It was about 2 o’clock at this point and the Viking museum closed at five, so I walked through the park to the museum. One of the things I passed was a field full of wildflowers, orange, white, purple, yellow and people among the flowers taking photos of each other (this was just a loose meadow of flowers, not formal gardens). Saw the museum ahead and spotted the bus stop for the 203, for my return trip. Use my Copenhagen Card at the museum and decided to watch the 14 minute introductory video & take the 45 minute free guided tour, and then go to the two exhibits that had looked interesting, followed by checking out the boats outside and then taking the bus back to the station. Lots of kids here, which I expected.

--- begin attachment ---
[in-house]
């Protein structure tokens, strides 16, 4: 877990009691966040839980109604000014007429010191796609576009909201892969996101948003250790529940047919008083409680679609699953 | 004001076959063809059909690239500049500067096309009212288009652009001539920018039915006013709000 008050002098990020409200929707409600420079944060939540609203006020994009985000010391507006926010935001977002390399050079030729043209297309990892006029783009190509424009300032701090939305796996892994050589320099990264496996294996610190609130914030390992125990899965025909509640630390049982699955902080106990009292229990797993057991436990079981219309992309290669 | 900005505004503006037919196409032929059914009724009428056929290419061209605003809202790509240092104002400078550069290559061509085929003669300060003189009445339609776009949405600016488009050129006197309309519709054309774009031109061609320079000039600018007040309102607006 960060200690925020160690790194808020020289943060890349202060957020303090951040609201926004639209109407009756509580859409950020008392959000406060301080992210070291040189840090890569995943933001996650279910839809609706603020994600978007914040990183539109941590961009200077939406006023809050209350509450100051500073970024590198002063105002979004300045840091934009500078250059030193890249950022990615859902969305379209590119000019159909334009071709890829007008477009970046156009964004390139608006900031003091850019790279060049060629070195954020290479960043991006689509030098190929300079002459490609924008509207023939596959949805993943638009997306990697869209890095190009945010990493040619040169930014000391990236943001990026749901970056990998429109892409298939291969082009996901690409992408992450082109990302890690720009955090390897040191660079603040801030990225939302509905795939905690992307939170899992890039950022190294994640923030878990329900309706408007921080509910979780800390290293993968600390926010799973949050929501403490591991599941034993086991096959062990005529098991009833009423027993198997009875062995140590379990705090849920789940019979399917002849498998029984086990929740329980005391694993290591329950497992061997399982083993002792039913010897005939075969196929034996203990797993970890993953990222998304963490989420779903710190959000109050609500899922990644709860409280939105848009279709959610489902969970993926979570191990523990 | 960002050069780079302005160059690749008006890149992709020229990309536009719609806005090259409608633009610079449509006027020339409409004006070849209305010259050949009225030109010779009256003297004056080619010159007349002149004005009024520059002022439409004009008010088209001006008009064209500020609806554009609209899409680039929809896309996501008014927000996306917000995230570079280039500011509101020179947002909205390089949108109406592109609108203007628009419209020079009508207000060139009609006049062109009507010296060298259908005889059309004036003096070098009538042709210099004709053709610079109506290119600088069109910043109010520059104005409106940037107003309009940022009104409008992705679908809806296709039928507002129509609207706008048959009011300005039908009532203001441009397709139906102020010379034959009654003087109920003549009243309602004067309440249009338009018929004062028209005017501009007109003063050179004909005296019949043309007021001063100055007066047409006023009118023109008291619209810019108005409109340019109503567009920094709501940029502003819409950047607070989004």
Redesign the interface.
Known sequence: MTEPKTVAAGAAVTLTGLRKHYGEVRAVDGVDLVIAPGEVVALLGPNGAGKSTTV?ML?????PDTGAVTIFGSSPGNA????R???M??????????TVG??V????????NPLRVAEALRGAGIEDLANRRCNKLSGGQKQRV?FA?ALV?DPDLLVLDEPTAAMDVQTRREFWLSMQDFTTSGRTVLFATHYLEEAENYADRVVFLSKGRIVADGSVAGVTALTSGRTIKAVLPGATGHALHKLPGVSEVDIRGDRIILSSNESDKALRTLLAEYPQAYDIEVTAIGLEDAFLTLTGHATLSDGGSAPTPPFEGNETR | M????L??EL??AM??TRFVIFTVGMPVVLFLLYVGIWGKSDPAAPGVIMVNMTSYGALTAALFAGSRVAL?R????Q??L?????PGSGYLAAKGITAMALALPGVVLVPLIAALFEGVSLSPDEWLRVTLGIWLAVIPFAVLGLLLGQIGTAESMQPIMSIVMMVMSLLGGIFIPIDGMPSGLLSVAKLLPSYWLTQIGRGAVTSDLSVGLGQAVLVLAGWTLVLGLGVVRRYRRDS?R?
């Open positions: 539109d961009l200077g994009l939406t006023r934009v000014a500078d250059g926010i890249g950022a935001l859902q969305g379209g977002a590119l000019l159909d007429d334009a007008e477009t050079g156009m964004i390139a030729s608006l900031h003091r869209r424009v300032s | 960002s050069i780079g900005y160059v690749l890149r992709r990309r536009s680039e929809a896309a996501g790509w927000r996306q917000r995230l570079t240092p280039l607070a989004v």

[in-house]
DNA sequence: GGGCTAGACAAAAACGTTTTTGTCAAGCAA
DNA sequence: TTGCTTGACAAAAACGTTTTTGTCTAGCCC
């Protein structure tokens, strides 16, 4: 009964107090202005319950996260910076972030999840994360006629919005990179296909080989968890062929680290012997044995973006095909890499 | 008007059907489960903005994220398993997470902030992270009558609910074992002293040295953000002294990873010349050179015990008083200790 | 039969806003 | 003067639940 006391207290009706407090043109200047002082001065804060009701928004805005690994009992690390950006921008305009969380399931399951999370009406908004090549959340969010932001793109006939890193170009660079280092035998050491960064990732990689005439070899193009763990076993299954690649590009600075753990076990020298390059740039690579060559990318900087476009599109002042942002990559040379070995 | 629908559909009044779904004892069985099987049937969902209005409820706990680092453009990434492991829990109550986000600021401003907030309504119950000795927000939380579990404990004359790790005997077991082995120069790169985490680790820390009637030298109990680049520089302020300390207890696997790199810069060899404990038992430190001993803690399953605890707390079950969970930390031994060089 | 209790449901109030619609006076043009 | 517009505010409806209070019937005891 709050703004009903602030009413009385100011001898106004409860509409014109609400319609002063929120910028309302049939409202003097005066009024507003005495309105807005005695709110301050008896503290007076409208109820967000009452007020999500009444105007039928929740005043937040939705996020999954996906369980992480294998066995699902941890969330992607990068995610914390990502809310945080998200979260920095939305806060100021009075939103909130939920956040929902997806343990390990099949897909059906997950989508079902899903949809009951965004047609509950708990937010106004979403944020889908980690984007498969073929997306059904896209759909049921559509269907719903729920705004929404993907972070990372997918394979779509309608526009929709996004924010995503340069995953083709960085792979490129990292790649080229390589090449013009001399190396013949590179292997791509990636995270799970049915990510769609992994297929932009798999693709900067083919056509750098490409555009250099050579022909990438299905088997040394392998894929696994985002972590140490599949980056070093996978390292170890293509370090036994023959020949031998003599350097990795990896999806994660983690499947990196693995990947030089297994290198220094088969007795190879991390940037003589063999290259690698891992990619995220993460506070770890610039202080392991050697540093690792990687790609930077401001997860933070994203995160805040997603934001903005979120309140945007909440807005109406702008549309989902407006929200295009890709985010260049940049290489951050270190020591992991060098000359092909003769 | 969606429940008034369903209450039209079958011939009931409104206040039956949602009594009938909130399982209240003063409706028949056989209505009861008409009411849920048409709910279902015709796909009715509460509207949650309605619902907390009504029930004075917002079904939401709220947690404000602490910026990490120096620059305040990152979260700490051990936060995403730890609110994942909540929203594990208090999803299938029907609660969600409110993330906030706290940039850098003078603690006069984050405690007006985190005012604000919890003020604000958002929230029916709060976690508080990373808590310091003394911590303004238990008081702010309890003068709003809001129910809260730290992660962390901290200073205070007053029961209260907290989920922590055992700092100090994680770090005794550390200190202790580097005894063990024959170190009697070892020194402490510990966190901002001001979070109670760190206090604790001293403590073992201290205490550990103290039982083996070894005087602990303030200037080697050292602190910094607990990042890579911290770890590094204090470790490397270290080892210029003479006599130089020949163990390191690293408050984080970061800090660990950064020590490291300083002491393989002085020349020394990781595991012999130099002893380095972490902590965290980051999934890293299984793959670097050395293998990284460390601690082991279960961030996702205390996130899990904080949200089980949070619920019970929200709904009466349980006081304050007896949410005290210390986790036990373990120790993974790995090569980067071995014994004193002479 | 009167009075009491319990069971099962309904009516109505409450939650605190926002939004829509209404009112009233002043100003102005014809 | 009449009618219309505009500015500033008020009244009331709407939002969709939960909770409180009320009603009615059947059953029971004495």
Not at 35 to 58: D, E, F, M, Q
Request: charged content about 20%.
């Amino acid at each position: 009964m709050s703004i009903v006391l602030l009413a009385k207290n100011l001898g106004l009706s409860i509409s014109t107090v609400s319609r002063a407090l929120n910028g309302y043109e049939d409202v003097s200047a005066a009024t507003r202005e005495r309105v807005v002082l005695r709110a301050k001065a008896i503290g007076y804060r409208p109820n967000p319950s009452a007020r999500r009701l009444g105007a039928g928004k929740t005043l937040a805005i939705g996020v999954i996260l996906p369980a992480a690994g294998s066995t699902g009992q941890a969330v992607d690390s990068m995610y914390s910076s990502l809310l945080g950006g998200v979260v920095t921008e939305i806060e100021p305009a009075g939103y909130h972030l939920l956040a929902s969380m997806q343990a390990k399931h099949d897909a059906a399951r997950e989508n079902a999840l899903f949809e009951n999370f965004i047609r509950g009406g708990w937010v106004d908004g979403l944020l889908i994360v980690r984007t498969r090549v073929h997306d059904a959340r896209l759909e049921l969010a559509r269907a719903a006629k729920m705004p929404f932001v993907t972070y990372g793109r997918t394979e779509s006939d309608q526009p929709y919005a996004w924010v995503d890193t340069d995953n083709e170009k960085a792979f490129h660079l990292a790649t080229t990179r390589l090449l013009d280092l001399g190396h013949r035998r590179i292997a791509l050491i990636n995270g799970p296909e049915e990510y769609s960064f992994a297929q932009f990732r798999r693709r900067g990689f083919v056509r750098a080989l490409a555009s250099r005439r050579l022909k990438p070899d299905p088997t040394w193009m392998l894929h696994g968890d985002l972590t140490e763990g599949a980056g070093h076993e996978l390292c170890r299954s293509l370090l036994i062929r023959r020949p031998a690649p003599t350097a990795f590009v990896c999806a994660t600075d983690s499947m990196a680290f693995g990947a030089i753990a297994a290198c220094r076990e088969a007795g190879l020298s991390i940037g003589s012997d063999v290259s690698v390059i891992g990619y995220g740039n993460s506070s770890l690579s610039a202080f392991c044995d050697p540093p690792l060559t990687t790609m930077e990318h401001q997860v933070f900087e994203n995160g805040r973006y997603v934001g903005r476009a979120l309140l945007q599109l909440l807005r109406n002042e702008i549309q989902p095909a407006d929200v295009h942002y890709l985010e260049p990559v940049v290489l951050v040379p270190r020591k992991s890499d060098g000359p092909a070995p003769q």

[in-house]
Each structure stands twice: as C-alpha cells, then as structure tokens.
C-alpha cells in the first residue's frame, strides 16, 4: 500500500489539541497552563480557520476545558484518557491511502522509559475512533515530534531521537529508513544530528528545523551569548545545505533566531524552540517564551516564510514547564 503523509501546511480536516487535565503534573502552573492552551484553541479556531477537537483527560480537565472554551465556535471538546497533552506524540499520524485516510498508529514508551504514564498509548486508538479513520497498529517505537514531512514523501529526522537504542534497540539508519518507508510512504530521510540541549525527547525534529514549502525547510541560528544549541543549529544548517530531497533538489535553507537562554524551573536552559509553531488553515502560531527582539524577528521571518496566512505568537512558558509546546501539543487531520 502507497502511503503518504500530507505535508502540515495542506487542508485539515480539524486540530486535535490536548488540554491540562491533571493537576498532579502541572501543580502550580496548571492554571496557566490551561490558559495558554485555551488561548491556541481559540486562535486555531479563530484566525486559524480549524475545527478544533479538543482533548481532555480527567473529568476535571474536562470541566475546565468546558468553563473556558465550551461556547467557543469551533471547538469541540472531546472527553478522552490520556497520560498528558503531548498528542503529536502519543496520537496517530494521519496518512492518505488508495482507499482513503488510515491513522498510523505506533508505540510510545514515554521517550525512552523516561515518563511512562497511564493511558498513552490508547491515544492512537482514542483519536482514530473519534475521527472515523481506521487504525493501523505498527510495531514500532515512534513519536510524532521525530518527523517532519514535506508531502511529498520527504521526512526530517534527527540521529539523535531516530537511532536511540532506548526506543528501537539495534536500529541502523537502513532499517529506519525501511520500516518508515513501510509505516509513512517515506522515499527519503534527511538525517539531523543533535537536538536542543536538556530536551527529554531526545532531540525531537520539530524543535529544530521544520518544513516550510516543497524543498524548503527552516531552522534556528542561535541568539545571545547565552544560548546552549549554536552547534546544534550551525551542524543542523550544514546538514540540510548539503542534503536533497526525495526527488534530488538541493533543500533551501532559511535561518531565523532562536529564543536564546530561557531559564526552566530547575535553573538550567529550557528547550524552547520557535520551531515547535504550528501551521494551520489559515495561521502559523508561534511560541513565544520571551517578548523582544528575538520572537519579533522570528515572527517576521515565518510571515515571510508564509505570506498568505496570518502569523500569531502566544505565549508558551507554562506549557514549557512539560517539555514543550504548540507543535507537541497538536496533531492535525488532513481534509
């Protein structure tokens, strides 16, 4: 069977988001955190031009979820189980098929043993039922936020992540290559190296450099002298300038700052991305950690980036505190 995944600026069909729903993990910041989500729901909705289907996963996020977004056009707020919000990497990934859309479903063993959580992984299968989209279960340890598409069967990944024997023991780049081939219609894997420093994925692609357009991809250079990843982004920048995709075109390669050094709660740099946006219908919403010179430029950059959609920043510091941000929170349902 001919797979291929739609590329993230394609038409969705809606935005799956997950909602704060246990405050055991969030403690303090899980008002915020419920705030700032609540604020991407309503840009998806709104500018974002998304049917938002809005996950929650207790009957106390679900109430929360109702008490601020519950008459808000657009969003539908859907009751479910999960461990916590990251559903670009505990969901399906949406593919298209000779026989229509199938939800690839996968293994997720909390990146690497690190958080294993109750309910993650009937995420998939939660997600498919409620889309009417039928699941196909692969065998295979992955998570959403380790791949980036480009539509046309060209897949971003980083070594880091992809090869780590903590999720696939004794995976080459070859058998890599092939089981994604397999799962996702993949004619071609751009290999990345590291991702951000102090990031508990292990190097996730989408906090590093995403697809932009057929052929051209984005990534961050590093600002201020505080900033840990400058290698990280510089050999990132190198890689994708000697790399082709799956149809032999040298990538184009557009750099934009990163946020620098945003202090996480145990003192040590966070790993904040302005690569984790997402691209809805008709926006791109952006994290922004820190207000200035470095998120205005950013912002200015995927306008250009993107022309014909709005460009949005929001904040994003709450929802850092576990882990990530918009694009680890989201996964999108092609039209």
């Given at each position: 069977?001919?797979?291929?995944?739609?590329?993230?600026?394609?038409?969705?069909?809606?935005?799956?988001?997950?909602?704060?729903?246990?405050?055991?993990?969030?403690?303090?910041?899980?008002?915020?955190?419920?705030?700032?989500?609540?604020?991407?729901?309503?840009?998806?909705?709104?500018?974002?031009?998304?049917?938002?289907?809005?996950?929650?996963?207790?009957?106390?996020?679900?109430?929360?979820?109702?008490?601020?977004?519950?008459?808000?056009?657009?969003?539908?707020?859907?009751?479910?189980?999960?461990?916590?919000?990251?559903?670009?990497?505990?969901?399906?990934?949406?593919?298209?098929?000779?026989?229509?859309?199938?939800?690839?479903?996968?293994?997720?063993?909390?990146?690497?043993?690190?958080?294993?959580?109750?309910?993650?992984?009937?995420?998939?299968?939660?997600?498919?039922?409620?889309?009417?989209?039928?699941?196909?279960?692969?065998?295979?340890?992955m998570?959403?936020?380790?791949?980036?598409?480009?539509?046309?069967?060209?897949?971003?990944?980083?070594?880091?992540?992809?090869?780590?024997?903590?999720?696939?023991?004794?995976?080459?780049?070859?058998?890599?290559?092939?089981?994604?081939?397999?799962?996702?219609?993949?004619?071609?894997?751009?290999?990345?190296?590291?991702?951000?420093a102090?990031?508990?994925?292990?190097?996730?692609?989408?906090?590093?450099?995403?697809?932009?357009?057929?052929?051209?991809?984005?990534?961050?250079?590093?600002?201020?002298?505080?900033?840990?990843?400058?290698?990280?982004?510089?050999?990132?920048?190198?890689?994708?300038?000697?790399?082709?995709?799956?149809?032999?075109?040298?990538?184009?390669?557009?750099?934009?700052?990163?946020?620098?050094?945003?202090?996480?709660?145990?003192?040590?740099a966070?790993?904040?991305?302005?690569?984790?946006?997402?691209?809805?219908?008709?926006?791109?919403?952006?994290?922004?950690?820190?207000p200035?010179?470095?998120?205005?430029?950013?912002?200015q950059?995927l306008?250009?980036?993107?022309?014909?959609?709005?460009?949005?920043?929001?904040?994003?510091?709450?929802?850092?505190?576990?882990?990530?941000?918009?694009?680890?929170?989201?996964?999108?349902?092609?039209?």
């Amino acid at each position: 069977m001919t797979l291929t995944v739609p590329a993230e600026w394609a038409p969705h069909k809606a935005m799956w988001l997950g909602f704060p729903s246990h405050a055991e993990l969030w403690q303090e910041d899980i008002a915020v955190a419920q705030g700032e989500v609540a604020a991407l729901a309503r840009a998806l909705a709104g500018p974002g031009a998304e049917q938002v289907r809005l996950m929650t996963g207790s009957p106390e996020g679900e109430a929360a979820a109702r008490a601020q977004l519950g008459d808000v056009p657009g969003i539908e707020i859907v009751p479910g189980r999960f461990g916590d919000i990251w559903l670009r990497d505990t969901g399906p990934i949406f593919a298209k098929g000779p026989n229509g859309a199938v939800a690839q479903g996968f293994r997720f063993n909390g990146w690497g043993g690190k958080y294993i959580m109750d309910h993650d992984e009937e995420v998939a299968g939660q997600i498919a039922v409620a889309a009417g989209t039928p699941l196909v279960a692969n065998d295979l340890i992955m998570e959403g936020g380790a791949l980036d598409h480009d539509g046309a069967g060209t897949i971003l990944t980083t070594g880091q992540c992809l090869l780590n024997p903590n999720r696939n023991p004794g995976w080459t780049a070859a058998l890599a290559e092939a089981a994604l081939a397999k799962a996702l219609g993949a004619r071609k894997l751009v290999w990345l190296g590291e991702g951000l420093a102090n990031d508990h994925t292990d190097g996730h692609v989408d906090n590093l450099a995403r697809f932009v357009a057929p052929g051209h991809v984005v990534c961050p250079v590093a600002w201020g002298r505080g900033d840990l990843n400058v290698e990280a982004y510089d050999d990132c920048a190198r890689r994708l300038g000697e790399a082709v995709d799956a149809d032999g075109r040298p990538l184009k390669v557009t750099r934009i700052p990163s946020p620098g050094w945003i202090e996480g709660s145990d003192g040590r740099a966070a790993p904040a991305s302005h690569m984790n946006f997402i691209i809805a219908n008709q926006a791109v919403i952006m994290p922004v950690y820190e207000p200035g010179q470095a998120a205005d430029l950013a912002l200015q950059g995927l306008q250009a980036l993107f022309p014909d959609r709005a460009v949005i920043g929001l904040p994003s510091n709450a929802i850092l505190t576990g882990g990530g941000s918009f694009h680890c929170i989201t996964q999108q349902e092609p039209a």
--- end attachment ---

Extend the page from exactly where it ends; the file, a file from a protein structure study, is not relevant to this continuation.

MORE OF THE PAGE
Video was interesting. Guided tour, led by a guy with long stringy hair, was not so great. My dilemma with tours is always that there’s a lot of standing around and not a lot of information is covered. In this case, the talk covered a bit of the same info that was in the video because I guess they can’t assume that everybody watches the video. Also, there seemed to be a whole lot less to talk about than at the Vasa museum in Stockholm; partially I guess that’s because the entire contents of the museum are the five recovered Viking ships and once you grasp why they were sunk &how they were retrieved, there’s not that much to talk about. Unlike the Vasa, not much of the actual ships was recovered, so the museum built iron skeletons and then put in the recovered pieces which was not very enthralling. Two special exhibits: one was highlighting The Tour de France and comparing aerodynamics of bicycles versus Viking longships. They had 3 displays interspersed among the long ships and I thought were interesting (maybe a bit of a stretch to compare the two but thought provoking). The other exhibition was a chronology of a battle in 1644 between Sweden and Denmark with sound effects of guns, cannons and fire. Meh.